CC Brez – main tent: arrived late – crowd at 150 or so
Funk, reminiscent of upbeat early Simply Red (read all the carefully chosen words, this is not a bad thing!). The perfect Sunday afternoon Indiependence band. Music to move around to and feel the rhythm – great stuff
Bitch Falcon – Big top; plenty
Late again, didn’t stay long. Heavy rock and vocals just a bit too shouty for me. No offense meant, just wrong band at the wrong time
Coasts – main tent: arrived early – crowd 6 so stood at the front, grown a lot by the end
Brace yourselves – it’s the 80’s juggernaut! Scottish. A bit like Talk Talk would have sounded if they had had twice the members and the money to buy lots more instruments. Huge sound, very loud, highly confident. If the world ever finds itself in the right mood, these guys could be enormous. Would fill the 02 (musically) with ease. Super confident lead singer has a good voice and plenty of attitude. This is (again) not a bad thing … liked them
Fang Club – Big Top: a fair few, but plenty of space to get to the front
Nirvana is the obvious influence, get beyond this and understand there is originality and song writing here. Relentless, but with enough moments of light and shade to make it interesting. Very tight musically – filled the “large and loud” Sunday slot traditionally provided by The Minutes with style. Enormous and not easy to follow.
So we take a break, nip back to the tent and get 30 mins “power relaxing” before heading back to …
Wyvern Lingo – Big Top; big crowd
First band of the day that we’ve actually seen before. Positive progression musically and performance wise. They remain a band with a message, but seem to be more nuanced in their presentation of it. Good variation in style and different vocalists give an engaging contrast in the focal point whilst retaining the sense that we are watching one band. Very good.
Another beer is needed, so skirt round the main stage (sorry Ash) to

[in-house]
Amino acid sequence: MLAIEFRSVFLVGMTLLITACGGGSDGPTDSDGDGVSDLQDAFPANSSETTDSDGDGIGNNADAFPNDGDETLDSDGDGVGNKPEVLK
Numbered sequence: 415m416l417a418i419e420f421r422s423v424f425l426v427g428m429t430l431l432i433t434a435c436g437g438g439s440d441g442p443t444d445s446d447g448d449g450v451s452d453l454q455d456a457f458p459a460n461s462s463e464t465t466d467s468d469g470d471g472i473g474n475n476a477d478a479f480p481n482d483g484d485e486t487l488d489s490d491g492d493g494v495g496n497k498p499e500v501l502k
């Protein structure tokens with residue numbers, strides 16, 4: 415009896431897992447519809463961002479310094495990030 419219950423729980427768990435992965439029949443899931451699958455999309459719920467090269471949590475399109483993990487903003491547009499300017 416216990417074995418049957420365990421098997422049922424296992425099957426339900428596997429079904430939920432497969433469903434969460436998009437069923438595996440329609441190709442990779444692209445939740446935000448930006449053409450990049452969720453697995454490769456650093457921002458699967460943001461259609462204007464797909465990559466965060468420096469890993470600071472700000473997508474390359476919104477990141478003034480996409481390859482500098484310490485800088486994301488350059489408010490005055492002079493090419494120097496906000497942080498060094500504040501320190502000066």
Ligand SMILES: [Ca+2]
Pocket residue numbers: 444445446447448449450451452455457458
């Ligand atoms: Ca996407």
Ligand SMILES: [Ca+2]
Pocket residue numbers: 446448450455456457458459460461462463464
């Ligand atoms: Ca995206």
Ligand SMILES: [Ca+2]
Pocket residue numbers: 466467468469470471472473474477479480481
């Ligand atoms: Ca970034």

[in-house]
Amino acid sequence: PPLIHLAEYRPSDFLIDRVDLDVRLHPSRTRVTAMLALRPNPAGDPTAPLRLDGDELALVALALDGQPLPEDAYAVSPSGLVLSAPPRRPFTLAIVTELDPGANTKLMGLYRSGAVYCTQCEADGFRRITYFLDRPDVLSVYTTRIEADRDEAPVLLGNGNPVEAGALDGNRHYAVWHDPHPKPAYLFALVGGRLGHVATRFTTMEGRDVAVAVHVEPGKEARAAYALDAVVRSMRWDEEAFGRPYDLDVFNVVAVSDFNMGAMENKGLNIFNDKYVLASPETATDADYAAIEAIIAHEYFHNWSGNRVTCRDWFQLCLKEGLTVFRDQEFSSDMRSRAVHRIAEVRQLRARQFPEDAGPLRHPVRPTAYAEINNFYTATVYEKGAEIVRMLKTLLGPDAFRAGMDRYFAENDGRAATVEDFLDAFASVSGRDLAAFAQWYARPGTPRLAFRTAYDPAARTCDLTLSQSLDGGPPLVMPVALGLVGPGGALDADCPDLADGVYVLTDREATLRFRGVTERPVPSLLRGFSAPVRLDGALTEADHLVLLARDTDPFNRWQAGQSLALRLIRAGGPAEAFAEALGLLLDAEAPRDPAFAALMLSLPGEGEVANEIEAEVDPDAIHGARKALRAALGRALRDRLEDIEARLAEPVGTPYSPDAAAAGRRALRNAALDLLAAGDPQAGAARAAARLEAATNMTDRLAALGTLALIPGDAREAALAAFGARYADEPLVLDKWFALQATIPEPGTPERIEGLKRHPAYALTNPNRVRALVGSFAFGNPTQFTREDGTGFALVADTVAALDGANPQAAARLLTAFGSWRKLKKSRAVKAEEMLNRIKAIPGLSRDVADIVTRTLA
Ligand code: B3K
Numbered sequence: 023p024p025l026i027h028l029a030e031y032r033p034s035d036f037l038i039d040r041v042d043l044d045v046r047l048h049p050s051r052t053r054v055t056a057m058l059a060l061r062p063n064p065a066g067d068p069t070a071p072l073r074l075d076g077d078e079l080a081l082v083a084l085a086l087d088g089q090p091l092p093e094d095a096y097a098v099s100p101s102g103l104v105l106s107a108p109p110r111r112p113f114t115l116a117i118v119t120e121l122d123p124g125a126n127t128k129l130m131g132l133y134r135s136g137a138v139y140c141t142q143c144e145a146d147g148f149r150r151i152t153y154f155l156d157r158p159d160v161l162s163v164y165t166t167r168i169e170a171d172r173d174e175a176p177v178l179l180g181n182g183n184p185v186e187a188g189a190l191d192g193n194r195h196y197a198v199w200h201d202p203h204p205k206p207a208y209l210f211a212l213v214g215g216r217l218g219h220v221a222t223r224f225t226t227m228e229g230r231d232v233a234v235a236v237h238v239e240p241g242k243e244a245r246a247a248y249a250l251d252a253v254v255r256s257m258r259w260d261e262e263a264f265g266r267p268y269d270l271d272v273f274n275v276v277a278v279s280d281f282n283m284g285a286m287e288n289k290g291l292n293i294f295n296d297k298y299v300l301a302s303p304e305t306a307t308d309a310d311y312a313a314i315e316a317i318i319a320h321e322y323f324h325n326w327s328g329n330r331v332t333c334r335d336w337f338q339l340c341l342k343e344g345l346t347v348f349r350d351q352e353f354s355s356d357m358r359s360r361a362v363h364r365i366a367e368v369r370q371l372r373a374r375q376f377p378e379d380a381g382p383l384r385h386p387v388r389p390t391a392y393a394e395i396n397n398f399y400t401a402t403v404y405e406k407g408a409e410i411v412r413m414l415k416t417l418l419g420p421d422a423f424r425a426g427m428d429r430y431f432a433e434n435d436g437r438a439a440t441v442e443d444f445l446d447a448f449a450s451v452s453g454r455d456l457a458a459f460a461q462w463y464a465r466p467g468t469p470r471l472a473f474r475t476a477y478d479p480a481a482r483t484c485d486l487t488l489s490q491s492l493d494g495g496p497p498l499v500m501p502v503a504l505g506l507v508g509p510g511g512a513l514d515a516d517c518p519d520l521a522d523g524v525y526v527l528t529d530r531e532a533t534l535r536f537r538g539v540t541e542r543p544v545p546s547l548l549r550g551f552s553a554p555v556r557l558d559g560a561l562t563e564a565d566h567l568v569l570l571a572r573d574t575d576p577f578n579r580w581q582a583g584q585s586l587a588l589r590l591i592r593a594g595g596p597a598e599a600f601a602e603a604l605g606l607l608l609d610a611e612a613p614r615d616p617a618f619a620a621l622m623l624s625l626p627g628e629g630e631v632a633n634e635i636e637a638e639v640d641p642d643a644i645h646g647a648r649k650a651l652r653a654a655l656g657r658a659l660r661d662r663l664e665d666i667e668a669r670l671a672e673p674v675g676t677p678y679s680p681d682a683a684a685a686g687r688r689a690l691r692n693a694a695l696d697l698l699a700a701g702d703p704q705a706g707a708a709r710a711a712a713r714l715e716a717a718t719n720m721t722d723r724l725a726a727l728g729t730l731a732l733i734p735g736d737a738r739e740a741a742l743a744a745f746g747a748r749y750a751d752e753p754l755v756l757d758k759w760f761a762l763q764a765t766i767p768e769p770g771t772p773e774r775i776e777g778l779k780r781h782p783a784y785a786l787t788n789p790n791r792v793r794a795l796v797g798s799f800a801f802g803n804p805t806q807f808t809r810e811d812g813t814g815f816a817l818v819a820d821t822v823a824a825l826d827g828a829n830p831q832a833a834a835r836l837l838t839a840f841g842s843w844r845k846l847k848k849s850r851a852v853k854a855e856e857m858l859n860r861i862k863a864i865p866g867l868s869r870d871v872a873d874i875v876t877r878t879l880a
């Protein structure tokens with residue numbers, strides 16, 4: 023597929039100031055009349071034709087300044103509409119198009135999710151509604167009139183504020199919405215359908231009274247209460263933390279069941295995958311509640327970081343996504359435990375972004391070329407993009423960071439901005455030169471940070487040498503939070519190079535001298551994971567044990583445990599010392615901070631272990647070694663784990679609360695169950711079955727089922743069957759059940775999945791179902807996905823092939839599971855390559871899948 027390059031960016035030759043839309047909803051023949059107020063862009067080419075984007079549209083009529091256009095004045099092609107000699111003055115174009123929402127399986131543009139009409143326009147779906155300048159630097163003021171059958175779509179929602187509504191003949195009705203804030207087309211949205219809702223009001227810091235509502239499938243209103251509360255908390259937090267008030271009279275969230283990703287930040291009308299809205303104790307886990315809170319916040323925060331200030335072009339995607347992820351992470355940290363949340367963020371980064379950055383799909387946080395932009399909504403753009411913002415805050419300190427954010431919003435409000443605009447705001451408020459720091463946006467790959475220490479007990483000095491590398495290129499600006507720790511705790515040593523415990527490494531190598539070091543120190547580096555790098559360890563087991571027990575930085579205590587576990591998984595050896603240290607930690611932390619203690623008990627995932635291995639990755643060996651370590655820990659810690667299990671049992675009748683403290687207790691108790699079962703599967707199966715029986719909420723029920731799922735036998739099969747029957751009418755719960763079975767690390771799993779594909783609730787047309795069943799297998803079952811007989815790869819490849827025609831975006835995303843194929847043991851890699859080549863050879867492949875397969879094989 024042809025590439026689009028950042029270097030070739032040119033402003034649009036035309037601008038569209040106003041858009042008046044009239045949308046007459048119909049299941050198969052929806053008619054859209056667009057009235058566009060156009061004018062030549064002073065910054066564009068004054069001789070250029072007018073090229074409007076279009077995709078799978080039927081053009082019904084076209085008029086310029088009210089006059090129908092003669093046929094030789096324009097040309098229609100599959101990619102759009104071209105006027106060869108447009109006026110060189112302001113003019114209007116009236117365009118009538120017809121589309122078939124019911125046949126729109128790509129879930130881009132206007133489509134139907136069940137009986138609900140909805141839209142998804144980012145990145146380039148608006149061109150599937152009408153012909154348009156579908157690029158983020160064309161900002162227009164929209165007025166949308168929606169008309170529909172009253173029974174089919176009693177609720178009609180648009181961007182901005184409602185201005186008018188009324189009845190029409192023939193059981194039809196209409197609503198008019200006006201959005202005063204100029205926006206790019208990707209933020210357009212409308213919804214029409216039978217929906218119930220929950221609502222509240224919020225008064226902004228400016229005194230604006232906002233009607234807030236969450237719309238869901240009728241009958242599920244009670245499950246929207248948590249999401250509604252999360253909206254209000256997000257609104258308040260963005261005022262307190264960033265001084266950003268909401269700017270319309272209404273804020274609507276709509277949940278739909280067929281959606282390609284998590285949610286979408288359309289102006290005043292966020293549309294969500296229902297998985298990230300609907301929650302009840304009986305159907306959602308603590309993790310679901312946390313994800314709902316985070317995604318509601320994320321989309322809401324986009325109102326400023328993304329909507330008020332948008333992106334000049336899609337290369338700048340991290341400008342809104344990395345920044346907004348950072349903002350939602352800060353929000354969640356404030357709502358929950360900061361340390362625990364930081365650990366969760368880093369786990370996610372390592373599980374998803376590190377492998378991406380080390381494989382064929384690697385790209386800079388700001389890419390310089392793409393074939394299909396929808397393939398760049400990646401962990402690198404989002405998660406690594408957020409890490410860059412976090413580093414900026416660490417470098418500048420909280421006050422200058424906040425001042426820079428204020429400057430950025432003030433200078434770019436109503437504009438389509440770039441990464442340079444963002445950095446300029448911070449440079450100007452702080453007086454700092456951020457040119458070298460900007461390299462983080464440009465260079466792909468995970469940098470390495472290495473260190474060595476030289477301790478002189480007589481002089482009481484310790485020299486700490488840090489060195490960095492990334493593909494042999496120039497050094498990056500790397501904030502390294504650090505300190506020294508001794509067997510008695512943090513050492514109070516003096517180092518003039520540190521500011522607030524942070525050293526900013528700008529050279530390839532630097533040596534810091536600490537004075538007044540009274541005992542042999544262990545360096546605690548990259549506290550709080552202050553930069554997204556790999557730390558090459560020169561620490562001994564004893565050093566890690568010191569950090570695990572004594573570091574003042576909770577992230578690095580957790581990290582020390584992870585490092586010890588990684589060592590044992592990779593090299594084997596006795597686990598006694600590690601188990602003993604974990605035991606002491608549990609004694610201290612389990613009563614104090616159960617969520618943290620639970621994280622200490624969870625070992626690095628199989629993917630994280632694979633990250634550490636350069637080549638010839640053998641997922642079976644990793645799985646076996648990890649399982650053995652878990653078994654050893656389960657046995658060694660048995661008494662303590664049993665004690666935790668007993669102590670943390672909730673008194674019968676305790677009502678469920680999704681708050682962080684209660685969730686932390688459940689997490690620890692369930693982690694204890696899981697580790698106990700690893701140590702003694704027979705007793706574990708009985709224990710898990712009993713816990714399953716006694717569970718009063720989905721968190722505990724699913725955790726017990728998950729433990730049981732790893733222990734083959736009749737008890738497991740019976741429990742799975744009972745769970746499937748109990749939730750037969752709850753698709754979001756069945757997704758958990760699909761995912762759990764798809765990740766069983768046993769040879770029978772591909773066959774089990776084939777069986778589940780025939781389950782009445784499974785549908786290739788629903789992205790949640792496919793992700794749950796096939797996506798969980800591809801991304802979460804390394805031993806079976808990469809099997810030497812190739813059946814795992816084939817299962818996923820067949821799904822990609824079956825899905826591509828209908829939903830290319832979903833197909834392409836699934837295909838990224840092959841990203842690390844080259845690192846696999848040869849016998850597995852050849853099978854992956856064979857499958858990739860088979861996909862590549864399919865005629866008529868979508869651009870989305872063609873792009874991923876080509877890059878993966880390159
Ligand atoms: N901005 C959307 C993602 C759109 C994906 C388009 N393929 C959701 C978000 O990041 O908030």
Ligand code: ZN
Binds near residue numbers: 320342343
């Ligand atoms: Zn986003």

Jupe – Beer hall; just a few of us
Full credit to the bands that play the Beer Hall. There is a lot going on in front of them (people buying drink, chatting round tables, playing table-tennis… it makes sense, you have to be there!). Persistence and fortitude are the order of the day. Jupe give us this in spades. Whilst their home ground is rooted in pop-rock (their cover is Bob Marley) they have good song writing at their core, and they are a tight group of musicians.
Editors – main stage; nowhere near full
Last leg of the day, and we find the headliners. Editors are a bit of a marmite band, not many people think they are “just OK”. Some see lead player Tom Smith as an arrogant arsehole. He is a compelling yet distant figure that can seem aloof. We like them, and with five albums behind them there is a back catalogue to pick a pretty awesome set from. They do just that, even including a new song to keep the purist happy. Big sound, big performance, big ending.
The big top is still going, but 11 bands into one day is pushing the limits, so we call it and head back to a sleepless night listening to drunken idiots and the incessant rain.
Is it worth it? Hell, yes. Indiependence is small enough to be in control of and big enough to attract an eclectic mix of talented performers from Ireland and beyond. Some will flourish, others will never be seen again – that is the cruel reality of the music business. The thing is that on an Indie Sunday they give their all, and I for one am so very happy that they do.